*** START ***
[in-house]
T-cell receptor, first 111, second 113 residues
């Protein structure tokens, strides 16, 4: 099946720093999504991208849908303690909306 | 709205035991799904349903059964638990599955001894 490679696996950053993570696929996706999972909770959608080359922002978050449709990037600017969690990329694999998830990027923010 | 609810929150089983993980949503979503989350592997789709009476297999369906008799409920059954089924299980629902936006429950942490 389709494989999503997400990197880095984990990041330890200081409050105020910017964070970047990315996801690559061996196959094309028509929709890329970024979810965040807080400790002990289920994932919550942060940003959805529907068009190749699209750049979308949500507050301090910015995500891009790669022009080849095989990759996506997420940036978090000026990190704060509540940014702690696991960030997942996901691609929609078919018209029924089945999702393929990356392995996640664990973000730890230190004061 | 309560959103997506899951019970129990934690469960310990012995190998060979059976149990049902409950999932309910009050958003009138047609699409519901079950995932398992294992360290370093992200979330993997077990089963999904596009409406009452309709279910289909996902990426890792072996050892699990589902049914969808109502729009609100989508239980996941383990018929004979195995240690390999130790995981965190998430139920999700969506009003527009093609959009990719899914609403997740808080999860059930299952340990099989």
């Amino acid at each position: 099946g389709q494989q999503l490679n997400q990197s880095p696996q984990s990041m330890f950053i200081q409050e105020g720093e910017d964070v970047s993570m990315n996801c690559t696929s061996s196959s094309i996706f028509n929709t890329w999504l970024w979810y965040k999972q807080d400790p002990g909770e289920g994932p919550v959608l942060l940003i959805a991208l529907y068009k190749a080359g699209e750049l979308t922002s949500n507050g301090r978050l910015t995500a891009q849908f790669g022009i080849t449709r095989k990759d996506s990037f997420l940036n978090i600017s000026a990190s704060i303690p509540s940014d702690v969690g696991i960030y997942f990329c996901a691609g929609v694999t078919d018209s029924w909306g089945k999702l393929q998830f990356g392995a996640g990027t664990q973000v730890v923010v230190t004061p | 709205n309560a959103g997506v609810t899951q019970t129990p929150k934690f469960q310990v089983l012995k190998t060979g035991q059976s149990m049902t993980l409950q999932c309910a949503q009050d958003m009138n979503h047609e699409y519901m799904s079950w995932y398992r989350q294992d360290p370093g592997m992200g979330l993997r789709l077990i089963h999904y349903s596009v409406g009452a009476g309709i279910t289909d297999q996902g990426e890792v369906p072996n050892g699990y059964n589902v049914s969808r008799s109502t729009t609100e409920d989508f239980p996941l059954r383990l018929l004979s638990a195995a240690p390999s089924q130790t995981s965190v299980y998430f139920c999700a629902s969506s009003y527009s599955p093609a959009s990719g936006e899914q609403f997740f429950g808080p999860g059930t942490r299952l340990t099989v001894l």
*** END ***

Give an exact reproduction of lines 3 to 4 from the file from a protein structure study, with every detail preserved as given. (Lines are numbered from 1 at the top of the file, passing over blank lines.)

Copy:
């Protein structure tokens, strides 16, 4: 099946720093999504991208849908303690909306 | 709205035991799904349903059964638990599955001894 490679696996950053993570696929996706999972909770959608080359922002978050449709990037600017969690990329694999998830990027923010 | 609810929150089983993980949503979503989350592997789709009476297999369906008799409920059954089924299980629902936006429950942490 389709494989999503997400990197880095984990990041330890200081409050105020910017964070970047990315996801690559061996196959094309028509929709890329970024979810965040807080400790002990289920994932919550942060940003959805529907068009190749699209750049979308949500507050301090910015995500891009790669022009080849095989990759996506997420940036978090000026990190704060509540940014702690696991960030997942996901691609929609078919018209029924089945999702393929990356392995996640664990973000730890230190004061 | 309560959103997506899951019970129990934690469960310990012995190998060979059976149990049902409950999932309910009050958003009138047609699409519901079950995932398992294992360290370093992200979330993997077990089963999904596009409406009452309709279910289909996902990426890792072996050892699990589902049914969808109502729009609100989508239980996941383990018929004979195995240690390999130790995981965190998430139920999700969506009003527009093609959009990719899914609403997740808080999860059930299952340990099989």
């Amino acid at each position: 099946g389709q494989q999503l490679n997400q990197s880095p696996q984990s990041m330890f950053i200081q409050e105020g720093e910017d964070v970047s993570m990315n996801c690559t696929s061996s196959s094309i996706f028509n929709t890329w999504l970024w979810y965040k999972q807080d400790p002990g909770e289920g994932p919550v959608l942060l940003i959805a991208l529907y068009k190749a080359g699209e750049l979308t922002s949500n507050g301090r978050l910015t995500a891009q849908f790669g022009i080849t449709r095989k990759d996506s990037f997420l940036n978090i600017s000026a990190s704060i303690p509540s940014d702690v969690g696991i960030y997942f990329c996901a691609g929609v694999t078919d018209s029924w909306g089945k999702l393929q998830f990356g392995a996640g990027t664990q973000v730890v923010v230190t004061p | 709205n309560a959103g997506v609810t899951q019970t129990p929150k934690f469960q310990v089983l012995k190998t060979g035991q059976s149990m049902t993980l409950q999932c309910a949503q009050d958003m009138n979503h047609e699409y519901m799904s079950w995932y398992r989350q294992d360290p370093g592997m992200g979330l993997r789709l077990i089963h999904y349903s596009v409406g009452a009476g309709i279910t289909d297999q996902g990426e890792v369906p072996n050892g699990y059964n589902v049914s969808r008799s109502t729009t609100e409920d989508f239980p996941l059954r383990l018929l004979s638990a195995a240690p390999s089924q130790t995981s965190v299980y998430f139920c999700a629902s969506s009003y527009s599955p093609a959009s990719g936006e899914q609403f997740f429950g808080p999860g059930t942490r299952l340990t099989v001894l």